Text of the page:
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Charlotte Amalie
Saturday, July 13, 2024


Sept. 12, 2002 – As part of its plan to reduce the number of non-native animals in the Virgin Islands National Park, the staff is about to tackle the hundreds of hogs running wild in the park on St. John.
Hogs are a problem in areas around Reef, Lameshur, Cinnamon and Maho Bays, according to Rafe Boulon, the park's resource management chief. He said a count has not been done, but there are a couple hundred of them.
Sows breed when they are six months old and can produce up to two litters a year with as many as 10 piglets in each litter. Hog populations can double each year if they have sufficient food and water.
They eat grain, fruit, fish, fowl, dead animals and vegetables. They often root in the soil to dig up dinner. Those that root around historic structures can accelerate degradation of the buildings. "They've done a lot of rooting at the ruins at Cinnamon and on the loop trail," Boulon said.
Hogs are known to eat plants on the endangered species list, including the St. Thomas lidflower and prickly ash. They also eat marron bacora, which has been proposed for the endangered list.
And their dining habits can clear areas of vegetation, which leads to erosion. The eroded soil that's washed into the sea smothers the coral reefs, which harms the larger marine ecosystem.
A draft environmental assessment of the island's hog population will be available in several weeks at the territory's public libraries and at park headquarters offices on St. John and St. Croix. It also will be available on the
Internet at the National Park Service and Friends of the V.I. National Park Web sites.
The first step in the undertaking is to determine how to control the hog population. Since the park's enabling legislation does not allow hunting, Boulon said, inviting local hunters to shoot the animals is not an option. However, one possible scenario calls for volunteers to assist the U.S. Department of Agriculture in shooting the hogs, with the carcasses to go home with the volunteers.
The park did allow hunting until the mid-1980s, when the staff became aware that the enabling legislation prevented it. Within about three years, the number of hogs grew to such a level that visitors and park rangers complained about them. "When they become wild, they can become very aggressive," Boulon said.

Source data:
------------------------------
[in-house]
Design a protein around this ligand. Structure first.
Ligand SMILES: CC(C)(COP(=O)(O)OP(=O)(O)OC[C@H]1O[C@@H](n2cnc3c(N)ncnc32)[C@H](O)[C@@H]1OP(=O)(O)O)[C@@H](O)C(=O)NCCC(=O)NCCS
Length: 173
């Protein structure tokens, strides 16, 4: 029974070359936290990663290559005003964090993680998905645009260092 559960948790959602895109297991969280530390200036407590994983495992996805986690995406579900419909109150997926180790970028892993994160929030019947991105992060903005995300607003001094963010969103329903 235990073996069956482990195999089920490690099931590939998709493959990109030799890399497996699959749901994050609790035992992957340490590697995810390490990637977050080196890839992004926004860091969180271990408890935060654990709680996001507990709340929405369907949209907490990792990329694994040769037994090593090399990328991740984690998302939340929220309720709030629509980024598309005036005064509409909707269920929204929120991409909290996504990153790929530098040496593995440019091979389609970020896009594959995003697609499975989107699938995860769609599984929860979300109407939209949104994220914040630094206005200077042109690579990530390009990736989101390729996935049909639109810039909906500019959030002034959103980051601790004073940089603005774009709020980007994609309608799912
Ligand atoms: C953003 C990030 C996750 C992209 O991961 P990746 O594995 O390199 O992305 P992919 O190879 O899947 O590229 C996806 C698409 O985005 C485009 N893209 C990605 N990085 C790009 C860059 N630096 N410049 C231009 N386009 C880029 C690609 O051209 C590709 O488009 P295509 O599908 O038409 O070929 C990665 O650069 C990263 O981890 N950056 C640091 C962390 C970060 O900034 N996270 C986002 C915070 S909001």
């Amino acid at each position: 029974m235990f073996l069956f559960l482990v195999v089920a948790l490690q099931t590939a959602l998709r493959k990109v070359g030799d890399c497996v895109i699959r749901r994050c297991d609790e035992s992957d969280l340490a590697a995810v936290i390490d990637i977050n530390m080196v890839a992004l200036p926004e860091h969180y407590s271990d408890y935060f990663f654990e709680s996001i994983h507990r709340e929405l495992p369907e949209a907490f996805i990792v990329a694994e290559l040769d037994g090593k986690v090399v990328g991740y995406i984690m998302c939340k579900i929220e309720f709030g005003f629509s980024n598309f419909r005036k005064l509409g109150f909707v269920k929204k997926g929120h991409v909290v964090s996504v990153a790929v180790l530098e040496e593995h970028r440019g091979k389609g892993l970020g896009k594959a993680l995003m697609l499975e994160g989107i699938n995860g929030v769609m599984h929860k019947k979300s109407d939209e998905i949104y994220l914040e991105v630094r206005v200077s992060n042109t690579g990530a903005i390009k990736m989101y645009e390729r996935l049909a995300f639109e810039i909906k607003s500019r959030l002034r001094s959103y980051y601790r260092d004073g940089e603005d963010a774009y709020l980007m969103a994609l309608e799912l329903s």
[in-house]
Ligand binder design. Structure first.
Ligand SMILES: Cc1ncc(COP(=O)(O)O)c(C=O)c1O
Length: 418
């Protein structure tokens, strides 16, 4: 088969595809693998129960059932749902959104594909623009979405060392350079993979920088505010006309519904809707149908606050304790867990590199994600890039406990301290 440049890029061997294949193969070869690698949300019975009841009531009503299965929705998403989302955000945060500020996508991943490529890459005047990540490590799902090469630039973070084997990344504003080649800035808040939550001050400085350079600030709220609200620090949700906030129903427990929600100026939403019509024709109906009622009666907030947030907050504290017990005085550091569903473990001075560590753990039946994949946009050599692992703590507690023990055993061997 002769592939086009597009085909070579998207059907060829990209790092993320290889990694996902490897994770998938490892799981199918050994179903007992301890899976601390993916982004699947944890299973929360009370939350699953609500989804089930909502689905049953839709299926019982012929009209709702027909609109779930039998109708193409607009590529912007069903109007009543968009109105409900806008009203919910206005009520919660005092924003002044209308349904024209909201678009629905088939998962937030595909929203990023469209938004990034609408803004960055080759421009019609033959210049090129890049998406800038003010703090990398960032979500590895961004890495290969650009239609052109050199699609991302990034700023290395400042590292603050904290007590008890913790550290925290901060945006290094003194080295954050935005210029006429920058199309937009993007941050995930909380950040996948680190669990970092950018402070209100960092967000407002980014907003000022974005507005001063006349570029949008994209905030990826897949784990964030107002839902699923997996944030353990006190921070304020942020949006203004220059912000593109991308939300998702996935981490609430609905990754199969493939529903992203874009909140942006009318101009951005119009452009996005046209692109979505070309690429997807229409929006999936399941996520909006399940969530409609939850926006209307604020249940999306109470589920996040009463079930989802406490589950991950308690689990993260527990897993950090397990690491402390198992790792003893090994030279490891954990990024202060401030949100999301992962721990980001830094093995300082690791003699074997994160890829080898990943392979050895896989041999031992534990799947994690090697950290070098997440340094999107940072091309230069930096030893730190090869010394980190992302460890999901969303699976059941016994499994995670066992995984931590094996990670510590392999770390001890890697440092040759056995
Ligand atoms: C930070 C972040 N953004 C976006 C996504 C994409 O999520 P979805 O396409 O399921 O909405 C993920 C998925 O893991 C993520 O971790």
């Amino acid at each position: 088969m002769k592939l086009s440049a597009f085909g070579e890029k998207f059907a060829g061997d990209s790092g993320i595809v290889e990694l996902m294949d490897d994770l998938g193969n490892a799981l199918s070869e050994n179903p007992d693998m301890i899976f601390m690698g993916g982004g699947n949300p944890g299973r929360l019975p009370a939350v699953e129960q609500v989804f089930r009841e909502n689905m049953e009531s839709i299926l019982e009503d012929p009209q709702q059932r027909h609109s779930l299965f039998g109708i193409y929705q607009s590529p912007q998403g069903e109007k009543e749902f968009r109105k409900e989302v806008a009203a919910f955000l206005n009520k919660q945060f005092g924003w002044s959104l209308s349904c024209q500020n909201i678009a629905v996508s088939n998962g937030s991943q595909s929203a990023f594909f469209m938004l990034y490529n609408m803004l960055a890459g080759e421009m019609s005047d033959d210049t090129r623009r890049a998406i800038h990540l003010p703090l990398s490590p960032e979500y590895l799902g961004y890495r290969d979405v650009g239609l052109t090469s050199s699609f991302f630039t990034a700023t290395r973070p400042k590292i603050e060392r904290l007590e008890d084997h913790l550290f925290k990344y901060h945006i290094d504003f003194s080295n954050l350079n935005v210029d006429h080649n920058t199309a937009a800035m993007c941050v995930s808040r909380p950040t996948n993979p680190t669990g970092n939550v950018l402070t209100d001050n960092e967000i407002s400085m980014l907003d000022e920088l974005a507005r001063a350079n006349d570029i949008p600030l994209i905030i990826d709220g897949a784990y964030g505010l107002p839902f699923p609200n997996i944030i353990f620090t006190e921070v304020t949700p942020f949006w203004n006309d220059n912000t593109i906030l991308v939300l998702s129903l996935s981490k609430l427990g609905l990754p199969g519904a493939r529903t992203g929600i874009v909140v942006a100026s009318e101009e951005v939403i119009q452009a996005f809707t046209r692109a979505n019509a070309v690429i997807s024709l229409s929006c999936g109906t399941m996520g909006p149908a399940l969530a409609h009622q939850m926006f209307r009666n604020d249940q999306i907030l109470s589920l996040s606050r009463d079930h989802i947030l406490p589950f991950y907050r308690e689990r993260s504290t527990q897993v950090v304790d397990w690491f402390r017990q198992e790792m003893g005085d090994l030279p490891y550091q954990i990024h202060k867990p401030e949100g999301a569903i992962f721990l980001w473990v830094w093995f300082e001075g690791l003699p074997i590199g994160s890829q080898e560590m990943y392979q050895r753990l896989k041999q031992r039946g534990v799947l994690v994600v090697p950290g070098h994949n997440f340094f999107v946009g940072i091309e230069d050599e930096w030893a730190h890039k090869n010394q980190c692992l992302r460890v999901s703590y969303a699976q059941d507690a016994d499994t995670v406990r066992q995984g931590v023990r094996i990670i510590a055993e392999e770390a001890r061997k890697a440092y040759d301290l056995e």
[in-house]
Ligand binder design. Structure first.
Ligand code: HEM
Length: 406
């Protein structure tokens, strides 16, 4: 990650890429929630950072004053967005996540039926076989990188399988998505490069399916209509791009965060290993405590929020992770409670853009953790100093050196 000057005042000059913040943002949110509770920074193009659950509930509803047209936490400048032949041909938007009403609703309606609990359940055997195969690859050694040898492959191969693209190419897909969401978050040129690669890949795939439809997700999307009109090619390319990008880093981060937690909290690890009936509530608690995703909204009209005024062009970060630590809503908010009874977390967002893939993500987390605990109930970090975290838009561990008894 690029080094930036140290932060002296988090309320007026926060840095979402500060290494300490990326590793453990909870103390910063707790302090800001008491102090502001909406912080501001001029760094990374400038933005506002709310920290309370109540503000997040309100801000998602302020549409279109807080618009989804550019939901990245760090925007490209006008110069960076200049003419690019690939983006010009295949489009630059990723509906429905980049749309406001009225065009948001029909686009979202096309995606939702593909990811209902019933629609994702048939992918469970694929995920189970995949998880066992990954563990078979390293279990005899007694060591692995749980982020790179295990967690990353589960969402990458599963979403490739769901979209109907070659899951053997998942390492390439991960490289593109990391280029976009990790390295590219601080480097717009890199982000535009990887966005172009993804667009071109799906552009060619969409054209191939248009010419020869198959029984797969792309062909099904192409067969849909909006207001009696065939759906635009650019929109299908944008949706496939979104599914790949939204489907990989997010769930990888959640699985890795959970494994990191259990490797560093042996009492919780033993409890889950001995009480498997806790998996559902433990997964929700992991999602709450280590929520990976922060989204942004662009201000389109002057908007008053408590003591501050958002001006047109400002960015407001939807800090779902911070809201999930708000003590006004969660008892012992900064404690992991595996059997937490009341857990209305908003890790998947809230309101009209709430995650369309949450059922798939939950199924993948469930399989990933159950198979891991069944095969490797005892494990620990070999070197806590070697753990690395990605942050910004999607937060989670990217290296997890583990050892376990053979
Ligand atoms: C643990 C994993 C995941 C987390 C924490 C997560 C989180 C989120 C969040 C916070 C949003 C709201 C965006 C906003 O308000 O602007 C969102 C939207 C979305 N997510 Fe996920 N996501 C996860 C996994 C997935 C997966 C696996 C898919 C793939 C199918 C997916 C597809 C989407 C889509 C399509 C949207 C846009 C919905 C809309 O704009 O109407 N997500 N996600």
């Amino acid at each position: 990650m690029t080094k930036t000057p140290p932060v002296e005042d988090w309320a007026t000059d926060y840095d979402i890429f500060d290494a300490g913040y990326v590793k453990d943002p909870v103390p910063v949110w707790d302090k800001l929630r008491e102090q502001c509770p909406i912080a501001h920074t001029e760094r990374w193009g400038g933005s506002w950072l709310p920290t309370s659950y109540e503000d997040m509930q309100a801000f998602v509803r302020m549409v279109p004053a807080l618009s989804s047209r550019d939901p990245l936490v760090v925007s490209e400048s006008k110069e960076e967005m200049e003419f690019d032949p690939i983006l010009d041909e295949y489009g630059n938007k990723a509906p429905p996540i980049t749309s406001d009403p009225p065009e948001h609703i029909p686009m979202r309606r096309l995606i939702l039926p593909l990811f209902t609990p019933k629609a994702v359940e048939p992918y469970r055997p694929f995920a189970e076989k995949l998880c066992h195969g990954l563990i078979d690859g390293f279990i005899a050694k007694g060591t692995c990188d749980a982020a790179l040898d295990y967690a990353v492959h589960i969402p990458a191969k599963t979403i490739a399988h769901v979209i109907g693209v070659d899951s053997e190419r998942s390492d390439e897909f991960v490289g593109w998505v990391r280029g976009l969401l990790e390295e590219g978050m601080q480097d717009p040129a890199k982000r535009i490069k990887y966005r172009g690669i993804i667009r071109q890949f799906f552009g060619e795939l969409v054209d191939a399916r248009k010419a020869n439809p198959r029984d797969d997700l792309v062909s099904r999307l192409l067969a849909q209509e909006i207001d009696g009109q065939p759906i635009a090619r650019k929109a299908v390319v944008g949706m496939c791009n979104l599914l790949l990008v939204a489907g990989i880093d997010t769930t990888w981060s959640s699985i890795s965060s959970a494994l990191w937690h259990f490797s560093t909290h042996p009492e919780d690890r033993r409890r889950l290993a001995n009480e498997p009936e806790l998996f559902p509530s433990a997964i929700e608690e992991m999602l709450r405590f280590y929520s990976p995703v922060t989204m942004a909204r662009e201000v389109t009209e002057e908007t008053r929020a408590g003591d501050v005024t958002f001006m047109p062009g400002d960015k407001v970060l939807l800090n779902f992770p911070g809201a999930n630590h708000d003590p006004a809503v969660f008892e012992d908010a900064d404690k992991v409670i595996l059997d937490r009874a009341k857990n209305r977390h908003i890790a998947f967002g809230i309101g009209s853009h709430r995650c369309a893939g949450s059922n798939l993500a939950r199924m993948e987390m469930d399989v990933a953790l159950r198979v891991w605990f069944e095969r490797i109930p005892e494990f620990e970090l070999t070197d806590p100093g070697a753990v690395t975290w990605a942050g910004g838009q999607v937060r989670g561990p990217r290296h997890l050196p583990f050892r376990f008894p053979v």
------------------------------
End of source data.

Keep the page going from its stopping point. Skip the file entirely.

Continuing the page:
He said domestic hogs left to roam will revert to the wild state within a few generations and grow coarse, red hair and long, sharp tusk that characterize wild hogs. The adults can weigh 300 to 400 pounds. "They could rip you up real bad," Boulon said.
Boulon also provided an update on the efforts under way to get rid of rats, cats and mongooses in the park..
He said Animal Care Center of St. John members and volunteers have trapped nearly all of the wild cats that had been living in the park. They've been relocated to new homes or to feeding stations outside the park, except for those found to have diseases, which were humanely put to sleep.
The rats and mongooses are another matter. Boulon said a U.S. Department of Agriculture team was due to arrive in August to deal with the pests, but their visit has been delayed. He now expects them in October. The rat and mongoose populations will be reduced by baiting food they eat with an anti-coagulant that causes the animals to die humanely by internal bleeding — they go to sleep in their burrows and don't wake up, Boulon said last spring in describing the plans.
For more information, call Boulon at 693-8950, ext. 224.

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